The US is taking its first tentative steps toward exporting oil.
No, Congress has not approved large-scale oil exports, it is not about to repeal the 1975 export ban brought in after the early ’70s OPEC inspired oil crisis. Congress is split with republicans broadly supporting a lifting of the ban but democrats against it, keen to limit further fracking on environmental grounds, according to the Financial Times. The Obama administration has, instead, given the okay to limited exports to Mexico.
Why No Blanket Repeal of the Oil Export Ban?
More to the point, neither party wants to be accused down the line, as oil prices inevitably recover, of being responsible for reduced domestic supply as the cause of higher prices. Most economists, though, suggest increased exports would lower global prices and, as a result, would mean lower domestic prices, but of course no one knows until a large-scale lifting of the ban is agreed to.
Meanwhile,the US can legally export to Canada, the only country to whom export rules do not apply. The US already shares hockey, Seth Rogen and country/western music with Canada, after all, so why not oil?
The US exported a record 586,000 barrels of crude a day in April to Canada according to Bloomberg. This was light grades needed by Canadian refineries to blend with high-viscosity heavy tar sands or for locations where US supplies are closer to a Canadian refinery than Canada’s own reserves.
Nor should exports to Mexico be seen in the light of falling Mexican production, although production has been in decline for a decade there, Pemex still exported 803,000 barrels a day of mostly heavy oil to the US last year. Here’s the issue: Mexico imports about half its gasoline as it struggles to produce gasoline from its heavy crude. Pemex mostly makes fuel oil, which is a polluting low-value product and is forced to import lighter products such as gasoline. By Mixing US shale oil light crude with its own heavier oil, Pemex says it will be able to produce more gasoline.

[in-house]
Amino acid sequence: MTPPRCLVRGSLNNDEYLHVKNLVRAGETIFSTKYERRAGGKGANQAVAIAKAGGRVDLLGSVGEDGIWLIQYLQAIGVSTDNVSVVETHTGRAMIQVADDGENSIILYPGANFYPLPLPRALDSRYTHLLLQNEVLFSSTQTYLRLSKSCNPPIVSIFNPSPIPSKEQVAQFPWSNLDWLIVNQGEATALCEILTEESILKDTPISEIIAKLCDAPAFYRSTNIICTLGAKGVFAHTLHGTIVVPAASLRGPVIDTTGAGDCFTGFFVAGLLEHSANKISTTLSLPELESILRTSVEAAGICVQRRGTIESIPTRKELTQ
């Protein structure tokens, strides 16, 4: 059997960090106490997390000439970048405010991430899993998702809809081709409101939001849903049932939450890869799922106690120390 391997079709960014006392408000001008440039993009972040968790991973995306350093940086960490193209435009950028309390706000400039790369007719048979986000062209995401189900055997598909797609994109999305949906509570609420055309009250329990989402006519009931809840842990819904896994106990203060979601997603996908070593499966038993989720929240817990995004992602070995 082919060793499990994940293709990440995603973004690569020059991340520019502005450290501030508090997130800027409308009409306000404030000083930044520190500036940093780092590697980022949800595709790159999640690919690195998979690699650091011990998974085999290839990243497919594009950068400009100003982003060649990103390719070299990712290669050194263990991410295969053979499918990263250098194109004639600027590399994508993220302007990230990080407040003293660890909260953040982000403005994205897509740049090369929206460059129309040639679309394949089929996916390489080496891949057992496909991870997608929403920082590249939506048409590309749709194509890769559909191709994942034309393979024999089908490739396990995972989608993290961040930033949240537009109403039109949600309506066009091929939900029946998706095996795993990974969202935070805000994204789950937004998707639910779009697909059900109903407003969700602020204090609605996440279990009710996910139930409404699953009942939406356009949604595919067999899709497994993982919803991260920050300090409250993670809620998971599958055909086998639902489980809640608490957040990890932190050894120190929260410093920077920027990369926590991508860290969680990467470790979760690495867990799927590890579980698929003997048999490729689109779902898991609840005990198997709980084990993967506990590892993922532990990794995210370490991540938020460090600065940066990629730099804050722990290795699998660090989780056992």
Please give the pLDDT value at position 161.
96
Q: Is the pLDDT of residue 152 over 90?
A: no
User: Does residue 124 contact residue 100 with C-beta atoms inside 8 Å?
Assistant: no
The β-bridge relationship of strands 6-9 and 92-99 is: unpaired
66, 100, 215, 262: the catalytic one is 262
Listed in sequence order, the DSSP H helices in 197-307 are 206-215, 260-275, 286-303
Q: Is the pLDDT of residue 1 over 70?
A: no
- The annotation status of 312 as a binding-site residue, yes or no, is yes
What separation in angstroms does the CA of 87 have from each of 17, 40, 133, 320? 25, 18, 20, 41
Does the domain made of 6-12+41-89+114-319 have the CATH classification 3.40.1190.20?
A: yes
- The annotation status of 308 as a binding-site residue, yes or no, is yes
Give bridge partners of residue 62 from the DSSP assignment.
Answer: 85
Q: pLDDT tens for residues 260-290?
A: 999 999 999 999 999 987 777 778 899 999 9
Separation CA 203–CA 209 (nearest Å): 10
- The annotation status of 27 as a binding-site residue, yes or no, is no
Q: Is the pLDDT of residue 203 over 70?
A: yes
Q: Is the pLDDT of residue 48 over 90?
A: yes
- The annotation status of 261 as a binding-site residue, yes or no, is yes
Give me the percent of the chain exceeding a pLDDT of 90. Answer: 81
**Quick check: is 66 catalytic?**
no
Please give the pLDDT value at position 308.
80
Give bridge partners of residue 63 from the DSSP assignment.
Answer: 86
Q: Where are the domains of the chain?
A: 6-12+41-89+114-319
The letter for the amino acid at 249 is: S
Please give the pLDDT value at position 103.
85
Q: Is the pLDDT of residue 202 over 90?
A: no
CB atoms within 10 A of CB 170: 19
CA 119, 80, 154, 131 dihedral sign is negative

The export of US crude requires an equivalent quantity of heavy Mexican crude to be imported, but US refineries are capable of handling this product. Some, such as BP’s Whiting Refinery in Indiana which recently closed for emergency repairs, have been upgraded at a cost of millions to handle Canadian Tar Sand crude.
The Great American Blending Pot
The Mexican deal allows up to 100,000 barrels a day of light oil and condensate to be exchanged for heavy Mexican crude. For the shale industry, it is a start and could set the stage for further exports via strategic deals rather than a wholesale lifting of the ban, seen as unlikely in the medium term. The amount involved is too small to lift prices, which have fallen heavily this year as this graph from the FT shows.
But if further deals were to follow, economists’ expectation that it would lead to lower global, and therefore lower US prices, could be put to the test. It may be that politicians’ only greater desire, to protect their own record from criticism, will prevent US consumers from every finding out if they are right.